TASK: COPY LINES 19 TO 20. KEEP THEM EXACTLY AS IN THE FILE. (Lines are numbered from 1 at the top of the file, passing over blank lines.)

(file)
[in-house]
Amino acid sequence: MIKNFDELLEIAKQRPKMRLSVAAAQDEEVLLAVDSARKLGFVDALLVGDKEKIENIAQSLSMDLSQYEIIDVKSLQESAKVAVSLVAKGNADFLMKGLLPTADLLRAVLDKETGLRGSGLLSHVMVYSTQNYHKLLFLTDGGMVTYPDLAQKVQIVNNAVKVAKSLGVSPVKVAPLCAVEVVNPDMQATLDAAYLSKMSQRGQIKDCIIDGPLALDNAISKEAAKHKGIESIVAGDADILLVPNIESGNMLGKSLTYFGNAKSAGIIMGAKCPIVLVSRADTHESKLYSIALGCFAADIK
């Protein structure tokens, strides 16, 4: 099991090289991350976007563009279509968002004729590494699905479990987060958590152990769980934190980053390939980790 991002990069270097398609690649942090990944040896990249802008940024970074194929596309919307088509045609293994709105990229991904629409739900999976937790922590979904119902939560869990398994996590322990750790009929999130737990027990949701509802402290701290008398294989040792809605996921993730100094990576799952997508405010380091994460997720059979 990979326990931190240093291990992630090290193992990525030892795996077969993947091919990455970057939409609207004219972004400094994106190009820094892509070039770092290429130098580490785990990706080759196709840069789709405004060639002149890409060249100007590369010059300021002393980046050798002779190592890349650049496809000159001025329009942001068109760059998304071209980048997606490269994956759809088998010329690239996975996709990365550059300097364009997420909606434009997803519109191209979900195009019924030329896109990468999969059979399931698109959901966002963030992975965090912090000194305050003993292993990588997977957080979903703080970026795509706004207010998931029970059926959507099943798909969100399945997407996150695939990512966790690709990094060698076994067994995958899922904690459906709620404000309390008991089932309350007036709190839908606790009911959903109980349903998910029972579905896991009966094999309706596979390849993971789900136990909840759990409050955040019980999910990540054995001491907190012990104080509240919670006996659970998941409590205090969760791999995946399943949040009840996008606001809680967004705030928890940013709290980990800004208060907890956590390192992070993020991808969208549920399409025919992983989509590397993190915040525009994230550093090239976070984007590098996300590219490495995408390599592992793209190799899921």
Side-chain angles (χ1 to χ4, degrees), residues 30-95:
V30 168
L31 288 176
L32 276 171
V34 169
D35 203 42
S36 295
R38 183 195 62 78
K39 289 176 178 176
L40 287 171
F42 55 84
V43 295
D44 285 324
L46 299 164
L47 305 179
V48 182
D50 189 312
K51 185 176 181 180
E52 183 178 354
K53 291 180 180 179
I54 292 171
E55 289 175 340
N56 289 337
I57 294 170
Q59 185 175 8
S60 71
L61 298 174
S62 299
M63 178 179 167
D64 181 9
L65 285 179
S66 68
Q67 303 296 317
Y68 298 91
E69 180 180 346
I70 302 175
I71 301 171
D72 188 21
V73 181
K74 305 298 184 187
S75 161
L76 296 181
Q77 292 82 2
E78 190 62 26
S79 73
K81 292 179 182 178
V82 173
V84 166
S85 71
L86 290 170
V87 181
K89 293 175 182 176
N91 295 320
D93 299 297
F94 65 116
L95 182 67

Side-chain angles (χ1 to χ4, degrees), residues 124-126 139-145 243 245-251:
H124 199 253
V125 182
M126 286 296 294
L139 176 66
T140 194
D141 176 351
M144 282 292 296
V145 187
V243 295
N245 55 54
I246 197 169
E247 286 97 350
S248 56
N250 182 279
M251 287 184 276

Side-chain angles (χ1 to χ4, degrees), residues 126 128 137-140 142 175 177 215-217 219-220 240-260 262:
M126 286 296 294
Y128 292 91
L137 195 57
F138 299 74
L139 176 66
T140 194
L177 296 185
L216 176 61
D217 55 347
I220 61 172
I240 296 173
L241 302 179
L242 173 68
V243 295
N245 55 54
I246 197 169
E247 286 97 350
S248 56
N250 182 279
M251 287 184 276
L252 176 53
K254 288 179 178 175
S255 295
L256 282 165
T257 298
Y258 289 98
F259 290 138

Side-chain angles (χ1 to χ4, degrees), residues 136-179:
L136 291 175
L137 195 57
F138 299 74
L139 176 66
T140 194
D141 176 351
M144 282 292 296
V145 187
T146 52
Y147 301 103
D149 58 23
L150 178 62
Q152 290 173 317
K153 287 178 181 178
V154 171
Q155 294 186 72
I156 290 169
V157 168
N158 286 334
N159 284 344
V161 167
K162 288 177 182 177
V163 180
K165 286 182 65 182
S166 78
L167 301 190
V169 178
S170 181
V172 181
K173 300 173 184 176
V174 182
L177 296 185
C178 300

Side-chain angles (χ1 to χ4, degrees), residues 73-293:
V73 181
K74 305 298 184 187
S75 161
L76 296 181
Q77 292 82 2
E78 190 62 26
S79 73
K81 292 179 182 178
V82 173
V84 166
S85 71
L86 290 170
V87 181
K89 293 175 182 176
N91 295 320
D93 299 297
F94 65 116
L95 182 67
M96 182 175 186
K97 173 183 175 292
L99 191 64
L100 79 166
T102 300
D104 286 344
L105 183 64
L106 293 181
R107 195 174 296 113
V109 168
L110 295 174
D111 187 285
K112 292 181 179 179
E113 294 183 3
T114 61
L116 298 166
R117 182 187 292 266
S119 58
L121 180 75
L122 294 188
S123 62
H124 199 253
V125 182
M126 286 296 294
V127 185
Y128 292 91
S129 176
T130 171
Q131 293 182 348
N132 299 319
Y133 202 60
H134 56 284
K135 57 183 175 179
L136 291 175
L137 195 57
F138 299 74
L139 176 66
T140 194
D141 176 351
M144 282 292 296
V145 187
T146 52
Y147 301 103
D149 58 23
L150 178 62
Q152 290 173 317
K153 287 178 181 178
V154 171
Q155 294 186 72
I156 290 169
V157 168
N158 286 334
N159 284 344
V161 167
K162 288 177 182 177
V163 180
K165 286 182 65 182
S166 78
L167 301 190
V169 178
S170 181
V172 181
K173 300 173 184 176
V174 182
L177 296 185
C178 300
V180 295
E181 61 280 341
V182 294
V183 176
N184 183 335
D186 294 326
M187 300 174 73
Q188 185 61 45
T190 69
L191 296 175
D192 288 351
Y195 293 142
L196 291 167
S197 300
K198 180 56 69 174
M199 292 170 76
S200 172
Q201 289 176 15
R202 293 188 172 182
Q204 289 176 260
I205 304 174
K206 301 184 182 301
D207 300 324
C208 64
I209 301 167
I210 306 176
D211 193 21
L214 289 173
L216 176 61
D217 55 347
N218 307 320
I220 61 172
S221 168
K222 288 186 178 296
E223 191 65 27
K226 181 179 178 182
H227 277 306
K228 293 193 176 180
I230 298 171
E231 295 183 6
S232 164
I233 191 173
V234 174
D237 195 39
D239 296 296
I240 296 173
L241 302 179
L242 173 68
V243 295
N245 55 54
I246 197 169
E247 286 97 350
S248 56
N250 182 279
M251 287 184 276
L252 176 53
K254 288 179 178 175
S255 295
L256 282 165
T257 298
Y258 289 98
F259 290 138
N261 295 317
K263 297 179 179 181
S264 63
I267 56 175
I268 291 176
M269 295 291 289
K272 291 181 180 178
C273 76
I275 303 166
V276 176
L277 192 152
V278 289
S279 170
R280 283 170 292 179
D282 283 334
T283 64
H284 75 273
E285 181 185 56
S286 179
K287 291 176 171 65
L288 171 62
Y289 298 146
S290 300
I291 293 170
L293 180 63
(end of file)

V48 182
D50 189 312